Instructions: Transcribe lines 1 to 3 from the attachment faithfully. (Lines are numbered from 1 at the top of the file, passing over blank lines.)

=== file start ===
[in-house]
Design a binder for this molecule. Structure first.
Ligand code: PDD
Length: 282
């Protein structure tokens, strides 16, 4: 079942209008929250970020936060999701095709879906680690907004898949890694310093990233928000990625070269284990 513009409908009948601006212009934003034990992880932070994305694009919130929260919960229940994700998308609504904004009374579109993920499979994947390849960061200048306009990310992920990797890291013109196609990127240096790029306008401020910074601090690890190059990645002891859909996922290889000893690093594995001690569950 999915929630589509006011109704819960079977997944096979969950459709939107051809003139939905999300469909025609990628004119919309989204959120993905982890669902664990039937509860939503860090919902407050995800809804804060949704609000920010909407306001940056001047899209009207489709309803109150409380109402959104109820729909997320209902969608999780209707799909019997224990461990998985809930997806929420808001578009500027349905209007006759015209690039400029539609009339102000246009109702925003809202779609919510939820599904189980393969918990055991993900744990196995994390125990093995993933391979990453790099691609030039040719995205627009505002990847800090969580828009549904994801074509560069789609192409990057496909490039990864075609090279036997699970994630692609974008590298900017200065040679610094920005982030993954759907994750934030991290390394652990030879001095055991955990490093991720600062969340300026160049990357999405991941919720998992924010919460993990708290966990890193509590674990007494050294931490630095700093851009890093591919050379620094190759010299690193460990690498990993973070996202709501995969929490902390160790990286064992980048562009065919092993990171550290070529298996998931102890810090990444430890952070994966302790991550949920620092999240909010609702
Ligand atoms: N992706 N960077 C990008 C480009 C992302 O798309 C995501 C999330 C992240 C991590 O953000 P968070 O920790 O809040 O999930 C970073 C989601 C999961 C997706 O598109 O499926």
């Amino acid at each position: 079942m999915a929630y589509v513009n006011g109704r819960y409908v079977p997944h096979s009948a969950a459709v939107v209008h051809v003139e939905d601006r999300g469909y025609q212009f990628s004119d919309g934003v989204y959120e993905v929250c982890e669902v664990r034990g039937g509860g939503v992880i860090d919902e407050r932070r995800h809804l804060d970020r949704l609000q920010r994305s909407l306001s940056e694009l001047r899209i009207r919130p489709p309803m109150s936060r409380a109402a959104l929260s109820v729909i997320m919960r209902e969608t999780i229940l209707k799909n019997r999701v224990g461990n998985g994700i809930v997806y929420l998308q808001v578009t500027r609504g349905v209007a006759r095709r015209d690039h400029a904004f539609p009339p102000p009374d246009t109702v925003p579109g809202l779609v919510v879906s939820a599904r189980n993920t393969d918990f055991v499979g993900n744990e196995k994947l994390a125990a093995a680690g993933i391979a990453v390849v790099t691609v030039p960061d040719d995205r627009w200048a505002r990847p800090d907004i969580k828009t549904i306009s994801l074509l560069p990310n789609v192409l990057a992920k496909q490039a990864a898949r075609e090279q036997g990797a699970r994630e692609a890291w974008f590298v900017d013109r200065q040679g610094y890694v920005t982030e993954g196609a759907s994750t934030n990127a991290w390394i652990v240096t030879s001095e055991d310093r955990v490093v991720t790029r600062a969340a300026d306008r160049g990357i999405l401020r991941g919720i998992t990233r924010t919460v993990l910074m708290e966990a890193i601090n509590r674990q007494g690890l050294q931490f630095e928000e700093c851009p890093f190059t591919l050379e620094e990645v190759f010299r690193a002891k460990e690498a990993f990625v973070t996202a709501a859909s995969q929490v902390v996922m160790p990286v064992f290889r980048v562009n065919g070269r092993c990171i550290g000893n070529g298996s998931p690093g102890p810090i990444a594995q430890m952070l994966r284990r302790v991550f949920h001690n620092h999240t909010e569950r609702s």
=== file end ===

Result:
[in-house]
Design a binder for this molecule. Structure first.
Ligand code: PDD